Tips on How To Reverse Sear
These tips will help you get the perfect reverse sear every time. Try them on beef to cook the perfect steak. You can also use this technique on your favorite cuts like chicken, pork, and turkey too!
- Use the reverse sear to cook meat that is 1½ inches or thicker for best results.
- The ideal low temp zone is 225°F to 275°F using indirect heat.
- Set the Napoleon Wireless Digital Thermometer to alert you at around 10°F below the ideal finished temperature of the meat you are cooking.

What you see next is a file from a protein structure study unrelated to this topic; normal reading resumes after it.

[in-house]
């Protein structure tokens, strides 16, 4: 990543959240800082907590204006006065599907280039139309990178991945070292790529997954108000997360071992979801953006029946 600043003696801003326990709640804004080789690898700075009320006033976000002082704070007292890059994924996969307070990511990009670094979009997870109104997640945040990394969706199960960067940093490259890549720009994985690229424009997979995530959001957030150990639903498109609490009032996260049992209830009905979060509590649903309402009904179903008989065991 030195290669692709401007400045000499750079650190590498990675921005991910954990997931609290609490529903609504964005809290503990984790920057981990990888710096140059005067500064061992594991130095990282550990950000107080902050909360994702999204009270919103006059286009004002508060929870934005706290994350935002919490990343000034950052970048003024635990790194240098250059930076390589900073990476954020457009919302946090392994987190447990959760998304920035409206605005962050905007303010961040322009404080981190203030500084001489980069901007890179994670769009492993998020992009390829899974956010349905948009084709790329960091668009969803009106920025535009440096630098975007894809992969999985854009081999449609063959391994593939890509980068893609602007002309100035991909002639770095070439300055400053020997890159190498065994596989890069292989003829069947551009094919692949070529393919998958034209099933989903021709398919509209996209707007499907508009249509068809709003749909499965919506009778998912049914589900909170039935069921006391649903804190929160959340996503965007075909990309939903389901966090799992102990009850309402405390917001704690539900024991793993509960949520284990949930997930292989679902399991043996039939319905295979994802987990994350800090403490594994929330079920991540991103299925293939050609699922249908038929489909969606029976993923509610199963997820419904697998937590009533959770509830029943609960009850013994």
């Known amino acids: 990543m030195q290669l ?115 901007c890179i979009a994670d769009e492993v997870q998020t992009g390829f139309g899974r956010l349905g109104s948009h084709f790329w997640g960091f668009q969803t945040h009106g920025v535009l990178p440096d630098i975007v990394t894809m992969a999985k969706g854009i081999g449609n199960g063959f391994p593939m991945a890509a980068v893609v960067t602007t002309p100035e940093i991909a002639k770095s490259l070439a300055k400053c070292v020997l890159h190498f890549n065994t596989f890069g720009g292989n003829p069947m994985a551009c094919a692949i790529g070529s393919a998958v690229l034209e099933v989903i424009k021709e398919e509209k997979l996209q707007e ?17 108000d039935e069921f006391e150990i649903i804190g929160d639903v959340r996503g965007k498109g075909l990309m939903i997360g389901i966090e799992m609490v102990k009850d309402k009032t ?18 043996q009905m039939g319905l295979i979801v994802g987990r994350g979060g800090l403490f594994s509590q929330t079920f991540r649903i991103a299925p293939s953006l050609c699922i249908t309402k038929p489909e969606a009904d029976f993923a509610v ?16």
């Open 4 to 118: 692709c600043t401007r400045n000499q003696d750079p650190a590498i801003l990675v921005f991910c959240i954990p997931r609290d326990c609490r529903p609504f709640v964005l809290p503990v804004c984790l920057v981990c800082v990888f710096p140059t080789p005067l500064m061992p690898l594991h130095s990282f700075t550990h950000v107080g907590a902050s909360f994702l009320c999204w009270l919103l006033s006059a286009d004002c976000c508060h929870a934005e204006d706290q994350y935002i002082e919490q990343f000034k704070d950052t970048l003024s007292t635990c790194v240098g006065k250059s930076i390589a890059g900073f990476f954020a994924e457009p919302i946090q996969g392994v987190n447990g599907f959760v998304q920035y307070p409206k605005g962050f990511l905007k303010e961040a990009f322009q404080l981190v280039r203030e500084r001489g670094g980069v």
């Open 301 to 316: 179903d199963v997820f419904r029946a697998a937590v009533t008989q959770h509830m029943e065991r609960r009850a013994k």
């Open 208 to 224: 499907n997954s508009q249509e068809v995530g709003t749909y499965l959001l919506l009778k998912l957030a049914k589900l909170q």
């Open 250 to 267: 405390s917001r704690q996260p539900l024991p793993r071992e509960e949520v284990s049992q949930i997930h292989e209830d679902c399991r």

- There’s no need to rest your meat before serving.
- When searing, leave the lid open.
- It’s actually beneficial to flip the meat often when searing, you get more crust on more surface.
- When searing, water is the enemy. Water = steam = no crunchy crust
PRO TIP: Get extra bonus delicious points by adding wood chips and smoke during the low and slow cook.
Try any of the recipes listed above to enjoy the pleasure of the reverse sear technique on your grill. It is the ideal way to cook the perfect steak, but it can be used for so many other meats as well. Though it isn’t ideal for cooking seafood or anything thinner than 1-inch. The reverse sear may just be the best way to cook on the grill. What do you think? What is your favorite grilling technique?